AIDS and Behavior

, Volume 21, Issue 6, pp 1717–1727 | Cite as

Use of Western Neuropsychological Test Battery in Detecting HIV-Associated Neurocognitive Disorders (HAND) in Zambia

  • Norma Kabuba
  • J. Anitha Menon
  • Donald R. FranklinJr.
  • Robert K. Heaton
  • Knut A. Hestad
Original Paper

Abstract

This is a study of neuroAIDS in sub-Saharan Africa, involving 266 Zambian adults infected with the human immunodeficiency virus (HIV), clade C. All HIV+ participants were receiving combination antiretroviral therapy (CART), and were administered a comprehensive neuropsychological (NP) test battery covering seven ability domains that are frequently affected by neuroAIDS. The battery was developed in the U.S. but has been validated in other international settings and has demographically-corrected normative standards based upon 324 healthy Zambian adults. Compared to the healthy Zambian controls, the HIV+ sample performed worse on the NP battery with a medium effect size (Cohen’s d = 0.64). 34.6 % of the HIV+ individuals had global NP impairment and met criteria for HIV associated neurocognitive disorder (HAND). The results indicate that the Western-developed NP test battery is appropriate for use in Zambia and can serve as a viable HIV and AIDS management tool.

Keywords

HIV HAND Neuropsychological performance Zambia 

Resumen

Este es un estudio sobre neuroAIDS en Africa subsahariana donde los estudiados fueron 266 adultos Zambianos infectados con virus de inmunodefiencia adquirida (VIH)  tipo C. Todos los participantes con VIH recibieron terapia antirretroviral (CART) y sometido a una batería de pruebas neuropsicológicas (NP) que examinan capacidades cognitivas que a menudo se ven afectadas por el neuroSIDA. Dicha batería fue elaborada en Estados unidos pero ha sido validada en entornos internacionales y ha sido corregida demograficamente según los estandares normativos de una seleccion de 324 adultos zambianos sin VIH. Comparados con los zambianos sin SIDA en el grupo de control los VIH-positivos muestran resultados peores en la batería neuropsicológica con un efecto de proporción mediana (Cohen’s d = 0.64). 34.6 % de los participantes con VIH tuvieron un deterioro neuropsicológico global y cumplían los criterios de un trastorno neurocognitivo asociado con el VIH (HAND). Estos resultados indican que la batería neuropsicológica elaborada en Estados Unidos (desarrollada en Occidente) es un instrumento adecuado y viable para su uso en Zambia y puede funcionar como una herramienta de gestión del VIH.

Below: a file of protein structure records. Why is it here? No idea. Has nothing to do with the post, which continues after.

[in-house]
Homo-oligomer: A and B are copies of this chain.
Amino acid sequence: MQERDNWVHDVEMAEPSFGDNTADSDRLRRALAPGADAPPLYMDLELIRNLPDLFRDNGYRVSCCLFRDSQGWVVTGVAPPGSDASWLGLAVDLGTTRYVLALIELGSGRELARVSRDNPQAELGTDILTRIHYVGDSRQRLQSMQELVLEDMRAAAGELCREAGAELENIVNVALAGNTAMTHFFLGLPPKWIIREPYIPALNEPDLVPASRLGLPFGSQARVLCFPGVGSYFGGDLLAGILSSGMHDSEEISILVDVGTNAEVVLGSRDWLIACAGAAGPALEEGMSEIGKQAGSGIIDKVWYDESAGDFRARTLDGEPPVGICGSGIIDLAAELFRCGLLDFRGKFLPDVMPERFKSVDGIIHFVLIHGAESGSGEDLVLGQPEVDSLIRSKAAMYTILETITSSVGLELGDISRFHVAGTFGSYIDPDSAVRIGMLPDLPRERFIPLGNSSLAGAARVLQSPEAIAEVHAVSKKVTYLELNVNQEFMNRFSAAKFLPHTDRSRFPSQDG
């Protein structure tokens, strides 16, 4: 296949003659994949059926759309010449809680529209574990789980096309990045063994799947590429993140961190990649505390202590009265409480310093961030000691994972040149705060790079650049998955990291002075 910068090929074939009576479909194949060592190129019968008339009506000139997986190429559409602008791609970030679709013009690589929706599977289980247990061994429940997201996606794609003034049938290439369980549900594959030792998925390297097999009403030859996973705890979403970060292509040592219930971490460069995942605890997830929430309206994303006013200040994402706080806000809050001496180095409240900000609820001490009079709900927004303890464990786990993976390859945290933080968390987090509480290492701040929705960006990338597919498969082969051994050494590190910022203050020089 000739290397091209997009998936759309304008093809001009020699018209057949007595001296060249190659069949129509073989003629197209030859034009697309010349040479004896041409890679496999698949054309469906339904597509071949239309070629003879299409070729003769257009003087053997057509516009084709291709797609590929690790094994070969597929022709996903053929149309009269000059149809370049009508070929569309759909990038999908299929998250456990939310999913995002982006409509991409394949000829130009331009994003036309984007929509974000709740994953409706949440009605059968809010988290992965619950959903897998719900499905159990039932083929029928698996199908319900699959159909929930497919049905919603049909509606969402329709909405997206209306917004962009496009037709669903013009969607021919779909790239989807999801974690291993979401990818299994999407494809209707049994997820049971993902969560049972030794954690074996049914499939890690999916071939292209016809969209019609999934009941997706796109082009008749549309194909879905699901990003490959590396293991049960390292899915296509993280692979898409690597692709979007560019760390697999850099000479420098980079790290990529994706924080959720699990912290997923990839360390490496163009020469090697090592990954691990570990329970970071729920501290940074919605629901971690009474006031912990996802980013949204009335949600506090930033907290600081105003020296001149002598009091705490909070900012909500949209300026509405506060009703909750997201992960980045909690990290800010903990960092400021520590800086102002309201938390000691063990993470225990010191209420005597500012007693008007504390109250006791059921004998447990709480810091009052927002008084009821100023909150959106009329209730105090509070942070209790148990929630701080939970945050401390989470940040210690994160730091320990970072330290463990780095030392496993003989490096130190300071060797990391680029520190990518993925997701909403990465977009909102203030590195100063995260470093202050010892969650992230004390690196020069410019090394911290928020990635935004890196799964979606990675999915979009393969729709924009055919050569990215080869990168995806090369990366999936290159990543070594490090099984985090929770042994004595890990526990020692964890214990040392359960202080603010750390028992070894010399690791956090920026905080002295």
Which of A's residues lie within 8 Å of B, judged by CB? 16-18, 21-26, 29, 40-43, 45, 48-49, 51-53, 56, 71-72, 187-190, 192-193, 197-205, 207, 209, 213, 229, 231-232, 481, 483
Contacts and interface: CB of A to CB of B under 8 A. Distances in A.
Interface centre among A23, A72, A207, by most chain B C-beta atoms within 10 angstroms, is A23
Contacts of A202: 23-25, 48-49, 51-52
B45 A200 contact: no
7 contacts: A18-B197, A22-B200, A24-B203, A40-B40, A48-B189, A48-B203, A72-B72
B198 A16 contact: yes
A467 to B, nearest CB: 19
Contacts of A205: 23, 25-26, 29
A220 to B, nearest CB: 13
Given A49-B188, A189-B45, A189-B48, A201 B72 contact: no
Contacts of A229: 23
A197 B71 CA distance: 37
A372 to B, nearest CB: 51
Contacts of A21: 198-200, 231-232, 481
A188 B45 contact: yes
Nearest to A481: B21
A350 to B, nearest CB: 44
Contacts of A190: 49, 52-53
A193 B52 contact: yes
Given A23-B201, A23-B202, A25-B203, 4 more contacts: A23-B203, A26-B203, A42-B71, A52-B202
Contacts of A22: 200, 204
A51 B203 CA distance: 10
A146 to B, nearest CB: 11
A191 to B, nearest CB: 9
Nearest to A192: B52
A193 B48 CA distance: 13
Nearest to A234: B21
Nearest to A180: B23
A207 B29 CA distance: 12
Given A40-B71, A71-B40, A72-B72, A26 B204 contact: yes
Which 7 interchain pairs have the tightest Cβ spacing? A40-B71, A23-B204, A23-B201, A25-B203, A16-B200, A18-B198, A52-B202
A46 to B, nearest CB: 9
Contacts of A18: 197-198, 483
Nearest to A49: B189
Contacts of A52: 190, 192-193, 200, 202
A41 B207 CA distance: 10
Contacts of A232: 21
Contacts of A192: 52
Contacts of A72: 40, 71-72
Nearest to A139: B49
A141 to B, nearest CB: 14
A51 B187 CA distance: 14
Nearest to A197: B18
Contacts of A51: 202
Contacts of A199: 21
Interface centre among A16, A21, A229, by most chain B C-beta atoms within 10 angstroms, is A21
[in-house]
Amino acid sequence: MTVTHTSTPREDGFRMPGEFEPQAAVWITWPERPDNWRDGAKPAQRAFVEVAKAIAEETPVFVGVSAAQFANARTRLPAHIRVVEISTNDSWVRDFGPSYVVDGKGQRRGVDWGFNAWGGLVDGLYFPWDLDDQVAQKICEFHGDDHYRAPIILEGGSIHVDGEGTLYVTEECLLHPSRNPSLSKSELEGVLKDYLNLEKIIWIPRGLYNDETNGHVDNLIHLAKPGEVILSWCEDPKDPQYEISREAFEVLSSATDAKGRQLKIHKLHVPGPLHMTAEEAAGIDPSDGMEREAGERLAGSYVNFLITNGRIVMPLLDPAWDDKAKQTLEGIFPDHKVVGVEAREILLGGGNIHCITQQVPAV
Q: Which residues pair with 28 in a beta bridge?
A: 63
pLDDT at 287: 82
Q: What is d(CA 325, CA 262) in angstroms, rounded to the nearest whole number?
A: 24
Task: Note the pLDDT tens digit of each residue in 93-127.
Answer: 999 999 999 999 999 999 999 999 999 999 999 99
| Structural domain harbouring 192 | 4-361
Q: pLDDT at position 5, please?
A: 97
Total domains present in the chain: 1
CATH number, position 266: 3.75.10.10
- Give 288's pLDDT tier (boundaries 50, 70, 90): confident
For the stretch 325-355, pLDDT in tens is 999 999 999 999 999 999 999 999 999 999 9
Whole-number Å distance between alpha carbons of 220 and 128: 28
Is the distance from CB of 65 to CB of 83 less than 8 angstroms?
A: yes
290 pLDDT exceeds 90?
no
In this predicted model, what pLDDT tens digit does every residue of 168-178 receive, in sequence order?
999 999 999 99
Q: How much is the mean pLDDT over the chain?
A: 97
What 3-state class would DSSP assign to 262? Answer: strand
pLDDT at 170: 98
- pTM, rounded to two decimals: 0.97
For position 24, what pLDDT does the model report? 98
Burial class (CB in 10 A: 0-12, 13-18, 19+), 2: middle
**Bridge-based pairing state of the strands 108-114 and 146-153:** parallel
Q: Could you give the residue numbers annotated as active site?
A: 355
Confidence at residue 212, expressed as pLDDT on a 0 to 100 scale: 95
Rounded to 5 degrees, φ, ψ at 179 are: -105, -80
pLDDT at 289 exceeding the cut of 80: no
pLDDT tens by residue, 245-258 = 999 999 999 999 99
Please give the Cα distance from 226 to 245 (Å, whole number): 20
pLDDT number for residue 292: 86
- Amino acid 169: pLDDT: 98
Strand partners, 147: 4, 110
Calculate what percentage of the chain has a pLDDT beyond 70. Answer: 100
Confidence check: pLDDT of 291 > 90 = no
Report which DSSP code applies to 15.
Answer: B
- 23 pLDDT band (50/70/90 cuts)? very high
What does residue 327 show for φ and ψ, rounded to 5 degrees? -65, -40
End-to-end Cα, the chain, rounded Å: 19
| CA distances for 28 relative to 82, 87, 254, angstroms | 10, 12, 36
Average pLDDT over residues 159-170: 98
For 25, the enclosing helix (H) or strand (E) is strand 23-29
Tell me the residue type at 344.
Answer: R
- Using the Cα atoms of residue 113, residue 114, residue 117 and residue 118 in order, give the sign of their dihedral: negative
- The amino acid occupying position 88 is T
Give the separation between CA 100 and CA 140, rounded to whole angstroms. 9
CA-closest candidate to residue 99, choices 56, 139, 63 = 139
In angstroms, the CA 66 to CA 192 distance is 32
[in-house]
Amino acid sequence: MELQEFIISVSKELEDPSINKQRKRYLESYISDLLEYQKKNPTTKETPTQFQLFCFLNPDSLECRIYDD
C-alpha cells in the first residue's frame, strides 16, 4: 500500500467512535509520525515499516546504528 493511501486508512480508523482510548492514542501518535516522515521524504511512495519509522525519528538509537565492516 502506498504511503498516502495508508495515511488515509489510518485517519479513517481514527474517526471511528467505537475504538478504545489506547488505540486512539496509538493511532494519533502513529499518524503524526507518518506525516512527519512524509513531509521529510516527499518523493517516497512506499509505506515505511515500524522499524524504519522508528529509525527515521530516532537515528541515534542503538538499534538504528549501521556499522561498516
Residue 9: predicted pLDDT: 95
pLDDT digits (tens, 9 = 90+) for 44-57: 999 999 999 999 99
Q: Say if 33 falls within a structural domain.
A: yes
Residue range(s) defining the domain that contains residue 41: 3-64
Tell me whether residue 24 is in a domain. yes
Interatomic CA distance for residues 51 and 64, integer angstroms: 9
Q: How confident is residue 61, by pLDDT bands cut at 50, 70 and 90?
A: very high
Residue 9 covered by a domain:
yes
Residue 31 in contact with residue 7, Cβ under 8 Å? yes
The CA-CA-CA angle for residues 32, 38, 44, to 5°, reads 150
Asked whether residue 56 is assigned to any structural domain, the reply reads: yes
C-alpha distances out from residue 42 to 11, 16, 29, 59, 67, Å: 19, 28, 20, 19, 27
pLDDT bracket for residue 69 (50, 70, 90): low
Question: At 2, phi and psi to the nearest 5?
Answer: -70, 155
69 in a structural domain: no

Palabras Clave

VIH HAND Rendimiento neuropsicológico Zambia 

Notes

Acknowledgements

Gratitude is extended to the staff and patients of the participating clinics for their contributions. The authors also thank the first and second cohort Masters students in clinical neuropsychology at The University of Zambia for their contribution in collecting the data of the healthy sample and the seropositive sample respectively. The study was financially supported by the NOMA funds from The Norwegian Agency for Development Cooperation (NORAD).

Funding

The study was financially supported by the NOMA funds from The Norwegian Agency for Development Cooperation (NORAD). Project title: Master of Science in Clinical Neuropsychology—Building expertise to deal with the Neuropsychological challenges of HIV-infection. (Grant No NOMAPRO-2007/10046).

Compliance with Ethical Standards

Conflict of interest

Norma Kabuba declares that she has no conflict of interest. J. Anitha Menon declares that she has no conflict of interest. Donald R. Franklin Jr. declares that he has no conflict of interest. Robert K. Heaton declares that he has no conflict of interest. Knut A. Hestad declares that he has no conflict of interest.

Ethical Approval

All procedures performed in studies involving human participants were in accordance with the ethical standards of the institutional and/or national research committee and with the 1964 Helsinki declaration and its later amendments or comparable ethical standards.

Informed Consent

Informed consent was obtained from all individual participants included in the study.

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Copyright information

© Springer Science+Business Media New York 2016

Authors and Affiliations

  • Norma Kabuba
    • 1
    • 2
  • J. Anitha Menon
    • 1
  • Donald R. FranklinJr.
    • 3
  • Robert K. Heaton
    • 3
  • Knut A. Hestad
    • 2
    • 4
    • 5
  1. 1.Department of PsychologyThe University of ZambiaLusakaZambia
  2. 2.Department of PsychologyThe Norwegian University of Science and TechnologyTrondheimNorway
  3. 3.Department of PsychiatryUniversity of California, San DiegoSan DiegoUSA
  4. 4.Department of ResearchInnlandet Hospital TrustHamarNorway
  5. 5.Hedmark University CollegeElverumNorway

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